In an article titled The last thing your business needs is more metrics, Alastair Thomson writes about metrics obsession: when the cost of measuring exceeds the cost of doing.

He recalls working for a company with a huge bureaucracy. « Every metric had a manager somewhere who was responsible for that particular measure across all the divisions of the business, who in turn reported in to someone pretty important in the Head Office management structure… I reckoned the costs of measurement and reporting was possibly the single biggest cost the business had, even though resources were being starved from the front line at the time on the grounds of “cost pressures in the business”. »

« What would you rather have – £500,000 spent on measuring the recruitment of women and ethnic minority candidates into senor level posts or £500,000 spent giving women and ethnic minorities within the business the training, support or coaching they might need to be a credible candidate for the next senior role? Which one is more likely to create the positive result you’re looking for…measuring it or doing it? »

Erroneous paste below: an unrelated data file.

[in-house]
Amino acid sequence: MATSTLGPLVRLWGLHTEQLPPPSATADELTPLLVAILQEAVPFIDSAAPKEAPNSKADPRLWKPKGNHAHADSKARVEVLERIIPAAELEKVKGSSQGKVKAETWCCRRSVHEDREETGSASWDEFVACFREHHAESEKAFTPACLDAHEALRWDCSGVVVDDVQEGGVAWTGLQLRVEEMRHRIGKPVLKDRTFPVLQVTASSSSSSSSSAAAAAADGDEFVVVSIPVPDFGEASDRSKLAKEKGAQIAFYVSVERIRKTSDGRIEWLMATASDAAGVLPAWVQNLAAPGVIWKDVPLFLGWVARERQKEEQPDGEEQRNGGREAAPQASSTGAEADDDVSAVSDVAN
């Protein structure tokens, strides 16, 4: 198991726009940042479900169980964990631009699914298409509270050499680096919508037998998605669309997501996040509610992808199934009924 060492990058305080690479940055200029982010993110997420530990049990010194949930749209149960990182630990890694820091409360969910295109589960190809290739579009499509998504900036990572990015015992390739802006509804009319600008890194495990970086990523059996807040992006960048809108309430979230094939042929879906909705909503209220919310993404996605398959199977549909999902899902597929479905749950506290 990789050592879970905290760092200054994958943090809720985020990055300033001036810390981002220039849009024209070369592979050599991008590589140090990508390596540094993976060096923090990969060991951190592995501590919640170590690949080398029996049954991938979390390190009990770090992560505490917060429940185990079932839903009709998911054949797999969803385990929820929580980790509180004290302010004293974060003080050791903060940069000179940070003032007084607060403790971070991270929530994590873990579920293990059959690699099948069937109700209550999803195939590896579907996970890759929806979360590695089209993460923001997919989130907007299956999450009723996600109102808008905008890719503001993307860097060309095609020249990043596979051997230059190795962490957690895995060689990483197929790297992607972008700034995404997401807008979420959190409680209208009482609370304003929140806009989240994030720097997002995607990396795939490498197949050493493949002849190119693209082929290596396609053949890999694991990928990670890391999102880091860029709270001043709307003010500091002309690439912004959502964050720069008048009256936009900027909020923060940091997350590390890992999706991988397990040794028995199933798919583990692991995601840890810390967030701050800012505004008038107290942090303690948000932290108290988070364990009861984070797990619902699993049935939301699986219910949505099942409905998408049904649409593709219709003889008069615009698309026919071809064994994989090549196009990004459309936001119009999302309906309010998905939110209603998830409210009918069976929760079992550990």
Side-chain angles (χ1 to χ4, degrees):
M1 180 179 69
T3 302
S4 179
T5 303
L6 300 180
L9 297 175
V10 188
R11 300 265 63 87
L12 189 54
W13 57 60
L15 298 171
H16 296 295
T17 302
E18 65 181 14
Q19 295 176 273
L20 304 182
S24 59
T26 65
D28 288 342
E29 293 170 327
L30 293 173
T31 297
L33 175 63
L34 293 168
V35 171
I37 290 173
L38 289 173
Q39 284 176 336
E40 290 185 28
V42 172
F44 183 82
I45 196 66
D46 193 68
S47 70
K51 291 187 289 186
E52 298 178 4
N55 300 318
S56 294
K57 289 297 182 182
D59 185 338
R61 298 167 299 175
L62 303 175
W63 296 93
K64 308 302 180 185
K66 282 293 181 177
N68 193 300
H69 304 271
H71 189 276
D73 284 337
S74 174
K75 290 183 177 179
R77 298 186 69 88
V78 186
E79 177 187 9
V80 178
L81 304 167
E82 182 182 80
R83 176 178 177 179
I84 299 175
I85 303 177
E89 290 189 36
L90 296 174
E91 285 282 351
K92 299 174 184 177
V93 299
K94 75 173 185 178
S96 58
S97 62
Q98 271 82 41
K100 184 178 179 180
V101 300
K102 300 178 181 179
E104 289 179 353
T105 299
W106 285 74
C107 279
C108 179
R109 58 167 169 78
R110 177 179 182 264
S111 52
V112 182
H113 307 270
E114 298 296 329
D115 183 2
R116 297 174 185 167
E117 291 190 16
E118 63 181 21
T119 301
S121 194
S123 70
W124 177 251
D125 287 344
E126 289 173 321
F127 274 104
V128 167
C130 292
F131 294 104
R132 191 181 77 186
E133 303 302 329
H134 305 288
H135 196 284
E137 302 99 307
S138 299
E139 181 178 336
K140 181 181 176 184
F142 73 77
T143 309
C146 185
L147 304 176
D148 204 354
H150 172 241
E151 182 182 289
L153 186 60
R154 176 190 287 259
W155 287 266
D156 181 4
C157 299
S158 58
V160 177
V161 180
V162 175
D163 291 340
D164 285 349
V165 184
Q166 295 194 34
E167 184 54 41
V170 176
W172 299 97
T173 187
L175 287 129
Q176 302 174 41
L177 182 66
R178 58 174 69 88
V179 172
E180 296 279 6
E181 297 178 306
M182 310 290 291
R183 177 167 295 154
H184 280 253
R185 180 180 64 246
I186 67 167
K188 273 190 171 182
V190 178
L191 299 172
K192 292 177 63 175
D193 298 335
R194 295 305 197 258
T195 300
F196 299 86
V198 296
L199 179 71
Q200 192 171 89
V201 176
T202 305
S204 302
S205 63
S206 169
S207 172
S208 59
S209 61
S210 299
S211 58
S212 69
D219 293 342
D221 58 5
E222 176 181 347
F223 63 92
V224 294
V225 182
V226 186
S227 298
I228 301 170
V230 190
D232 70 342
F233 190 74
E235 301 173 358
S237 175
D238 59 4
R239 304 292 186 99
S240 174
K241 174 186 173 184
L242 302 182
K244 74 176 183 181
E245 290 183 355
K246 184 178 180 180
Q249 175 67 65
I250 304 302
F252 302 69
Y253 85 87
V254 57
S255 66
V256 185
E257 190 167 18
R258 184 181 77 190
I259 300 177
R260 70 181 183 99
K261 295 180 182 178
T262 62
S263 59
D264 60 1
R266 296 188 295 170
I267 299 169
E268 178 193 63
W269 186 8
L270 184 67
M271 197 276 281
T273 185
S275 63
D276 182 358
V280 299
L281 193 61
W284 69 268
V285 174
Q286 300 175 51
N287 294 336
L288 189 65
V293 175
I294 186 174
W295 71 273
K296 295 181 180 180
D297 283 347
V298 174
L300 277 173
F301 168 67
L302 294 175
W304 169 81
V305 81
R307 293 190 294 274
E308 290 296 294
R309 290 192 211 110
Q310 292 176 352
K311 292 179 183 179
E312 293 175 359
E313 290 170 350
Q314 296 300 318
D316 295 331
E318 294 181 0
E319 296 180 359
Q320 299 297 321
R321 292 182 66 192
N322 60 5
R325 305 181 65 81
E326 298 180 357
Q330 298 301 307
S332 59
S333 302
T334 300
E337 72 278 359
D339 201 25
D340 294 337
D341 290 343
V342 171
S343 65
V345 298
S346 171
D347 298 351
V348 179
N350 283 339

« When I tell this story to business leaders, I’m often told that they could never do things the same way because they can’t trust their people enough to operate without lots of reports and meetings… Seems to me the solution to that problem is entirely in their own hands. Hiring people you can’t trust doesn’t sound like the smartest recruitment decision I ever heard. »

« “Oh, but the people we could trust are too expensive,” people sometimes respond, “so only have the budget for entry-level people.” Again, the solution is in the hands of leaders. Running the business on cheap labour is often the most expensive way to run a business. »

« Metrics won’t give you trust… The problem with metrics is that smart people try to game them, and dumb people try to achieve them. »

« And if you think this is just my own personal opinion, no less an authority than Dr W Edwards Deming, the father of modern quality control, had as part of his famous 14 Principles “Eliminate management by numbers and numerical goals, Substitute leadership.” »

Thomson’s frustration with metrics-run-amok is shared by Jerry Z. Muller, author of The Tyranny of Metrics by .

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